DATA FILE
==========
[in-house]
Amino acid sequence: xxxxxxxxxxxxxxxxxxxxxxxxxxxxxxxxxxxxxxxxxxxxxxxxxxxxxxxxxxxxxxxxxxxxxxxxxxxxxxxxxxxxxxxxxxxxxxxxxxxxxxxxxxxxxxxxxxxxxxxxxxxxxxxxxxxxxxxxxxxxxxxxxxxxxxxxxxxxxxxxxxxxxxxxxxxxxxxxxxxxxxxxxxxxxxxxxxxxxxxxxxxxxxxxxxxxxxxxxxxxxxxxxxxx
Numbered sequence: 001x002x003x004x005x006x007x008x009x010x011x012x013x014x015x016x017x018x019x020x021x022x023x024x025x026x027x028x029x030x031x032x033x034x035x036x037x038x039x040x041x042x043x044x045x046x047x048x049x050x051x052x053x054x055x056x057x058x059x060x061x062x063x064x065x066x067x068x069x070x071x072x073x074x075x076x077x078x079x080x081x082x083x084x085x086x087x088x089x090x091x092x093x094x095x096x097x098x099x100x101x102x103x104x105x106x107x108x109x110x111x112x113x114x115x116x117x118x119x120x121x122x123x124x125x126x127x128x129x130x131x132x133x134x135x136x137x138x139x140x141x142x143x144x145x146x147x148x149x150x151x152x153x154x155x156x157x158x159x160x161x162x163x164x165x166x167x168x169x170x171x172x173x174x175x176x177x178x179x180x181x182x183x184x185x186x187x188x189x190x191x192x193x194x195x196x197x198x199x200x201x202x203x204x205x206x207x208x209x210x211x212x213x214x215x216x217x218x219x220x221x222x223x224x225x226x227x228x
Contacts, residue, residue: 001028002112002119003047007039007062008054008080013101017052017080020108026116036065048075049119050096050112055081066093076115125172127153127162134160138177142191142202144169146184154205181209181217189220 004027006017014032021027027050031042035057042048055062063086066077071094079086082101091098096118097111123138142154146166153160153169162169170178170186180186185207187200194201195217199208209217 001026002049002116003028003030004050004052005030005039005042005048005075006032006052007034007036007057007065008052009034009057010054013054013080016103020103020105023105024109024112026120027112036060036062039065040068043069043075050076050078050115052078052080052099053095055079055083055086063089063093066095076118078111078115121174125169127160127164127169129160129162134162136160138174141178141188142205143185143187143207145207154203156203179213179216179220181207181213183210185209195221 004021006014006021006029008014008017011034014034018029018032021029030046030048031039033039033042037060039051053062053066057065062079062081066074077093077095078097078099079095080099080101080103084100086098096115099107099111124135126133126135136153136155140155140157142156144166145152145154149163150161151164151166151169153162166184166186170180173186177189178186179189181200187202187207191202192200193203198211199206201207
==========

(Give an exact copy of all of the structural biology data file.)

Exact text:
[in-house]
Amino acid sequence: xxxxxxxxxxxxxxxxxxxxxxxxxxxxxxxxxxxxxxxxxxxxxxxxxxxxxxxxxxxxxxxxxxxxxxxxxxxxxxxxxxxxxxxxxxxxxxxxxxxxxxxxxxxxxxxxxxxxxxxxxxxxxxxxxxxxxxxxxxxxxxxxxxxxxxxxxxxxxxxxxxxxxxxxxxxxxxxxxxxxxxxxxxxxxxxxxxxxxxxxxxxxxxxxxxxxxxxxxxxxxxxxxxxx
Numbered sequence: 001x002x003x004x005x006x007x008x009x010x011x012x013x014x015x016x017x018x019x020x021x022x023x024x025x026x027x028x029x030x031x032x033x034x035x036x037x038x039x040x041x042x043x044x045x046x047x048x049x050x051x052x053x054x055x056x057x058x059x060x061x062x063x064x065x066x067x068x069x070x071x072x073x074x075x076x077x078x079x080x081x082x083x084x085x086x087x088x089x090x091x092x093x094x095x096x097x098x099x100x101x102x103x104x105x106x107x108x109x110x111x112x113x114x115x116x117x118x119x120x121x122x123x124x125x126x127x128x129x130x131x132x133x134x135x136x137x138x139x140x141x142x143x144x145x146x147x148x149x150x151x152x153x154x155x156x157x158x159x160x161x162x163x164x165x166x167x168x169x170x171x172x173x174x175x176x177x178x179x180x181x182x183x184x185x186x187x188x189x190x191x192x193x194x195x196x197x198x199x200x201x202x203x204x205x206x207x208x209x210x211x212x213x214x215x216x217x218x219x220x221x222x223x224x225x226x227x228x
Contacts, residue, residue: 001028002112002119003047007039007062008054008080013101017052017080020108026116036065048075049119050096050112055081066093076115125172127153127162134160138177142191142202144169146184154205181209181217189220 004027006017014032021027027050031042035057042048055062063086066077071094079086082101091098096118097111123138142154146166153160153169162169170178170186180186185207187200194201195217199208209217 001026002049002116003028003030004050004052005030005039005042005048005075006032006052007034007036007057007065008052009034009057010054013054013080016103020103020105023105024109024112026120027112036060036062039065040068043069043075050076050078050115052078052080052099053095055079055083055086063089063093066095076118078111078115121174125169127160127164127169129160129162134162136160138174141178141188142205143185143187143207145207154203156203179213179216179220181207181213183210185209195221 004021006014006021006029008014008017011034014034018029018032021029030046030048031039033039033042037060039051053062053066057065062079062081066074077093077095078097078099079095080099080101080103084100086098096115099107099111124135126133126135136153136155140155140157142156144166145152145154149163150161151164151166151169153162166184166186170180173186177189178186179189181200187202187207191202192200193203198211199206201207